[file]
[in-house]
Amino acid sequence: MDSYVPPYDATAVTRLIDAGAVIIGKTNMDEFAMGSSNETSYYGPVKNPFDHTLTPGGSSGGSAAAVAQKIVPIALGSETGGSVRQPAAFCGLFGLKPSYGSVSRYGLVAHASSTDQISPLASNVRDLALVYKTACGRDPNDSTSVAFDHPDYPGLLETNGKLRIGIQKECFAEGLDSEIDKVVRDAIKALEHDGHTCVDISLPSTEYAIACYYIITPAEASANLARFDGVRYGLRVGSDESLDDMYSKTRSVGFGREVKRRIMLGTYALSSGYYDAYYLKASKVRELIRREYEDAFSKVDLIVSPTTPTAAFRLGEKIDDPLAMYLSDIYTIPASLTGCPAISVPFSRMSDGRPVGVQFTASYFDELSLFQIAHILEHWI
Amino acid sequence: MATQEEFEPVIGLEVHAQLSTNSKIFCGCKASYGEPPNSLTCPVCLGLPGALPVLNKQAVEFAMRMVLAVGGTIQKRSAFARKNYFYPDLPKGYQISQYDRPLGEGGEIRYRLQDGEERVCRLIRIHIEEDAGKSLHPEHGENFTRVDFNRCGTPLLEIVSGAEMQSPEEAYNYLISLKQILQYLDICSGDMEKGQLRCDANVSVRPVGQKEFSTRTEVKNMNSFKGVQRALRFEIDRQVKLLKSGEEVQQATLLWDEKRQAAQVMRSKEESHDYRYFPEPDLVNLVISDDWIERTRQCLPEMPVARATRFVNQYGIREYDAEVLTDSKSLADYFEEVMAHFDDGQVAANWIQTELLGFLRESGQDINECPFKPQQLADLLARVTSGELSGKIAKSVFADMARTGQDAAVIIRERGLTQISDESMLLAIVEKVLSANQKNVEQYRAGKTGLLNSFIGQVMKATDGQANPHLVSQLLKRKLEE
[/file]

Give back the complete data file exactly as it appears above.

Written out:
[in-house]
Amino acid sequence: MDSYVPPYDATAVTRLIDAGAVIIGKTNMDEFAMGSSNETSYYGPVKNPFDHTLTPGGSSGGSAAAVAQKIVPIALGSETGGSVRQPAAFCGLFGLKPSYGSVSRYGLVAHASSTDQISPLASNVRDLALVYKTACGRDPNDSTSVAFDHPDYPGLLETNGKLRIGIQKECFAEGLDSEIDKVVRDAIKALEHDGHTCVDISLPSTEYAIACYYIITPAEASANLARFDGVRYGLRVGSDESLDDMYSKTRSVGFGREVKRRIMLGTYALSSGYYDAYYLKASKVRELIRREYEDAFSKVDLIVSPTTPTAAFRLGEKIDDPLAMYLSDIYTIPASLTGCPAISVPFSRMSDGRPVGVQFTASYFDELSLFQIAHILEHWI
Amino acid sequence: MATQEEFEPVIGLEVHAQLSTNSKIFCGCKASYGEPPNSLTCPVCLGLPGALPVLNKQAVEFAMRMVLAVGGTIQKRSAFARKNYFYPDLPKGYQISQYDRPLGEGGEIRYRLQDGEERVCRLIRIHIEEDAGKSLHPEHGENFTRVDFNRCGTPLLEIVSGAEMQSPEEAYNYLISLKQILQYLDICSGDMEKGQLRCDANVSVRPVGQKEFSTRTEVKNMNSFKGVQRALRFEIDRQVKLLKSGEEVQQATLLWDEKRQAAQVMRSKEESHDYRYFPEPDLVNLVISDDWIERTRQCLPEMPVARATRFVNQYGIREYDAEVLTDSKSLADYFEEVMAHFDDGQVAANWIQTELLGFLRESGQDINECPFKPQQLADLLARVTSGELSGKIAKSVFADMARTGQDAAVIIRERGLTQISDESMLLAIVEKVLSANQKNVEQYRAGKTGLLNSFIGQVMKATDGQANPHLVSQLLKRKLEE